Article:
Opening statement by ASG Feleti Teo at petroleum meeting
8 – 9 OCTOBER 2008

1. Dear distinguished colleagues and guests.
2. We are well aware that global oil prices have risen steadily over the last four years, hitting all-time highs and exceeding USD 140 per barrel in August this year. There has been some relief with reductions in international oil prices in recent months. These prices however remain high in relative terms with little evidence of them abating in the future.
3. The volatile and sustained high prices are severely affecting the incomes and lives of the region’s people. All economies, large and small, have experienced negative impacts to varying and unfortunately significant degrees. As a region of net-importing countries, this has translated into continuing stress on respective balances of payment, growing inflation and a worsening in the terms of trade.
4. Energy markets are dynamic. Oil and gas markets are said to operate in a global continuum. Put simply, all points in these markets are inter-connected. As you all know, events whether they be a hurricane, political instability in oil producing countries or simply a rumor of possible instability in these countries have immediate impacts on the price we pay for oil despite us having no connection to these events. This ‘continuum’ is even stronger regionally because of limited suppliers, shared infrastructure and shared shipping services. The decision of one country in this chain can and will have either positive or negative effects felt by everyone else. A key outcome of this meeting is to achieve a greater understanding of this regional continuum.
5. The Pacific’s ‘smallness’ has resulted in fewer suppliers engaging with the region. The energy sector remains crucial for longer-term prosperity and economic development. For fear of laboring the point, securing our energy supplies at reasonable costs and improving the way ‘we do business’ in this sector is an interest we all share as are the challenges of isolation and the lack of ‘economies of scale.’
6. Many of our governments will have to adjust policies in response to continuing price shocks. The Memorandum of Agreement (MoA) that will be central to discussions over the next two days, its approach, and the principles of cooperation it espouses will enable us to achieve cohesion as a region for the effective operation of a market without loosing our ability to respond to changes or emerging demands and opportunities.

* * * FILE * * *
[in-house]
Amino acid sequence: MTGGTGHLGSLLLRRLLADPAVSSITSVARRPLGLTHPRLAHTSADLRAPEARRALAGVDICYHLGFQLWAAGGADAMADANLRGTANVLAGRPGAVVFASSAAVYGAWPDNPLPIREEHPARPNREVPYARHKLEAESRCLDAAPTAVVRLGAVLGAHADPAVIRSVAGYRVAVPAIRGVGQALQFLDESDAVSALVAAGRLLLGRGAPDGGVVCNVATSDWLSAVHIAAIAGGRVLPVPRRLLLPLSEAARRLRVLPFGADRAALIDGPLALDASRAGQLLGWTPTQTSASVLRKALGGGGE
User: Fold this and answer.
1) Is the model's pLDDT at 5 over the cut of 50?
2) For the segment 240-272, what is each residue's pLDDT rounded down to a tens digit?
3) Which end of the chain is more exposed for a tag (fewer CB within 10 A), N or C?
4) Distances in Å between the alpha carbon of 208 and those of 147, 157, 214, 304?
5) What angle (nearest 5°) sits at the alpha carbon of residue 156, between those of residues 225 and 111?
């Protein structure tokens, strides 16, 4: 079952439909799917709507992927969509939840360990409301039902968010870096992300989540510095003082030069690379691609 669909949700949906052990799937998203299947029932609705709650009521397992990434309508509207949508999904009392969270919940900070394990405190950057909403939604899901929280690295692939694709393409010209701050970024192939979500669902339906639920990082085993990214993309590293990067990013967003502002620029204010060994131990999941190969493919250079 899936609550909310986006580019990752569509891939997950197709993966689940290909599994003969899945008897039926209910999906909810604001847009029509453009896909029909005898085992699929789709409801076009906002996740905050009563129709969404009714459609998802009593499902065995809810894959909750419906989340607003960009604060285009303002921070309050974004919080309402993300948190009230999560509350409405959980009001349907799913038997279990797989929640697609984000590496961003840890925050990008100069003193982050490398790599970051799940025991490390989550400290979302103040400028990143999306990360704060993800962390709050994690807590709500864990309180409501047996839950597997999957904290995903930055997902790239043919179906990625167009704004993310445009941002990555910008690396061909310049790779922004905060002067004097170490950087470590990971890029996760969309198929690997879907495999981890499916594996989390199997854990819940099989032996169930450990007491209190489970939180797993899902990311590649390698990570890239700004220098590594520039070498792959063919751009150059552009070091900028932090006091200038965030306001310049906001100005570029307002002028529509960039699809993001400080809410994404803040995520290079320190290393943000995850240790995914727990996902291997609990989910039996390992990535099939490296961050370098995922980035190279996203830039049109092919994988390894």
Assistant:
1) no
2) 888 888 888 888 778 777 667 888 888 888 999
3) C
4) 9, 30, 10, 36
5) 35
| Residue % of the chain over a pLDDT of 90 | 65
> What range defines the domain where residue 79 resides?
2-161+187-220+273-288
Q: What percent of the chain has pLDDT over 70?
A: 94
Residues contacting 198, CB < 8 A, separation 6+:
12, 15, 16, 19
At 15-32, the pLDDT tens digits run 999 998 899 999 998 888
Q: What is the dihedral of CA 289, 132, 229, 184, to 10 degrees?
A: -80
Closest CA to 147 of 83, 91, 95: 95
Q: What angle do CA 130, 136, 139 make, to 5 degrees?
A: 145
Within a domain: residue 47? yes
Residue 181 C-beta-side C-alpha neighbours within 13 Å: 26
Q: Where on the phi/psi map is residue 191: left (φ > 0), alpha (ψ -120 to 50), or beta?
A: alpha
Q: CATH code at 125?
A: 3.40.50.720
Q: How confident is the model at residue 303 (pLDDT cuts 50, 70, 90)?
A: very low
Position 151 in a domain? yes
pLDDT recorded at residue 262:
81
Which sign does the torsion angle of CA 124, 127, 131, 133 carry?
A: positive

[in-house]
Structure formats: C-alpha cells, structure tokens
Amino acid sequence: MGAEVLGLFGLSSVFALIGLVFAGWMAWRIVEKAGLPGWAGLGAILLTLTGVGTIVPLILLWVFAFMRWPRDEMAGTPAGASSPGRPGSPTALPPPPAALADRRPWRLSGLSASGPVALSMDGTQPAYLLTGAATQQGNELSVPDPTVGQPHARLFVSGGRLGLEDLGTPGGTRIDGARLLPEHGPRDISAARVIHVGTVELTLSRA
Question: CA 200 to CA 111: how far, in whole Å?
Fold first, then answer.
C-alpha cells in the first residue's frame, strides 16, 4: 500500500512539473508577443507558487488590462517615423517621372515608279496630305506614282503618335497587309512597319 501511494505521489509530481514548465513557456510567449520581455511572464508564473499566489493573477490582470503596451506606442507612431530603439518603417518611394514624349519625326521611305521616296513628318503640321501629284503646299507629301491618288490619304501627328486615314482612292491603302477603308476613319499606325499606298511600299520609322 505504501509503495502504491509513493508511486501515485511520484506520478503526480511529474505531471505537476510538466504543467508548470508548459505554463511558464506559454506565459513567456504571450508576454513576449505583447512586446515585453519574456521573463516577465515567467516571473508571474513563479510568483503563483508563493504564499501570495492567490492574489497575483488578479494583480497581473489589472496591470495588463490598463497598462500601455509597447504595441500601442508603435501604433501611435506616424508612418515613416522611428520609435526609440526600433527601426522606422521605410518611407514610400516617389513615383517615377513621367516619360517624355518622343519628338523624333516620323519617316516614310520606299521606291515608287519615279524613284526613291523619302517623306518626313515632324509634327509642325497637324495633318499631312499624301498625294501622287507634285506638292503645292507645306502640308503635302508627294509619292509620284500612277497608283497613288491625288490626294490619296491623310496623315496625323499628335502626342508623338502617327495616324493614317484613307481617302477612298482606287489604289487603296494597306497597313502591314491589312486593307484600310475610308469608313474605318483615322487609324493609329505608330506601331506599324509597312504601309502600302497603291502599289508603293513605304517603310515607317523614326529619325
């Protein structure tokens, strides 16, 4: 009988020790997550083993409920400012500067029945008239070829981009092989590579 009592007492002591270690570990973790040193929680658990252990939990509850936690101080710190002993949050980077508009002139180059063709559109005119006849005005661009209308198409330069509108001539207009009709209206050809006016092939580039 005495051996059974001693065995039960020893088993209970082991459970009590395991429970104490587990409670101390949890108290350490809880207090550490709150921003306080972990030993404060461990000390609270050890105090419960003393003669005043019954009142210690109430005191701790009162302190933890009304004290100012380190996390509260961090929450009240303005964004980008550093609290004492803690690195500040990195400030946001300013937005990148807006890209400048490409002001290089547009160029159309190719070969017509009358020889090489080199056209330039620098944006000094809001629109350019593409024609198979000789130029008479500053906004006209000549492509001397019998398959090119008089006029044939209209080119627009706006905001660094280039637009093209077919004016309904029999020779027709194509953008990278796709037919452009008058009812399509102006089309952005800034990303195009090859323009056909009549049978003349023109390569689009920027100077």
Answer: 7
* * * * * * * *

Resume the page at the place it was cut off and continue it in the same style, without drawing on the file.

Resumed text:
7. You will approach this initiative with your own needs and priorities in mind. We would expect nothing less. Some will approach this from an energy security perspective, some in response to multinational divestment of assets and operations from their economies, and others purely on the price benefits that will eventuate. While we are united in the challenges that we face, we cannot forget the importance of you all developing ‘national’ positions on the issues that will be considered over the next two days.
8. The common thread that binds us here today is our complete dependence on petroleum products to drive our economies. Pooling our resources and expertise, and coordinating our demand requirements can only serve to improve the competitiveness and efficiencies in this market. Our Leaders’ are confident of this and seek your inputs on a finalized package of measures.
9. This initiative will achieve both soft and hard deliverables. The hard deliverables will manifest themselves in a number of ways, and depending on your individual national policies could be in the form of lower product prices, more stability in those prices, or greater private sector participation. The softer deliverables, unseen, but just as important, include greater energy security, stronger coordination, improved regional cohesion and ultimately less pressure on the public purse.
10. I have been asked many times, how feasible is this initiative? It is really not as difficult as one thinks. The most challenging part of this entire process has been the design of a collaborative mechanism that will enable you all to jointly agree on a way to move forward together regionally. The Memorandum of Agreement (MoA) establishes this partnership and charts that way forward.
11. It is your role as the experts group to consider the framework for this partnership, the principles that will guide government-to-government collaboration, and the process by which decisions will be made on the appropriate measures to ensure greater energy security for this region.
12. Forum Leaders have stressed the importance of this work being undertaken as a priority and Pacific Energy Ministers have endorsed this approach.
13. This initiative is not only a key Pacific Plan initiative but one discussed at length by Forum Leaders at this year’s meeting in Niue. There is an expectation that we here today will be able to lead these efforts by considering the MOA and what it proposes. Your recommendations on the proposed approach will be considered by Forum Economic Ministers in Port Vila next month, the region’s energy ministers and finally Forum Leaders in 2009.
14. I wish you well in your meeting. Thank you.

(The statement was read on behalf of Mr Feleti as he was unable to make it to the meeting)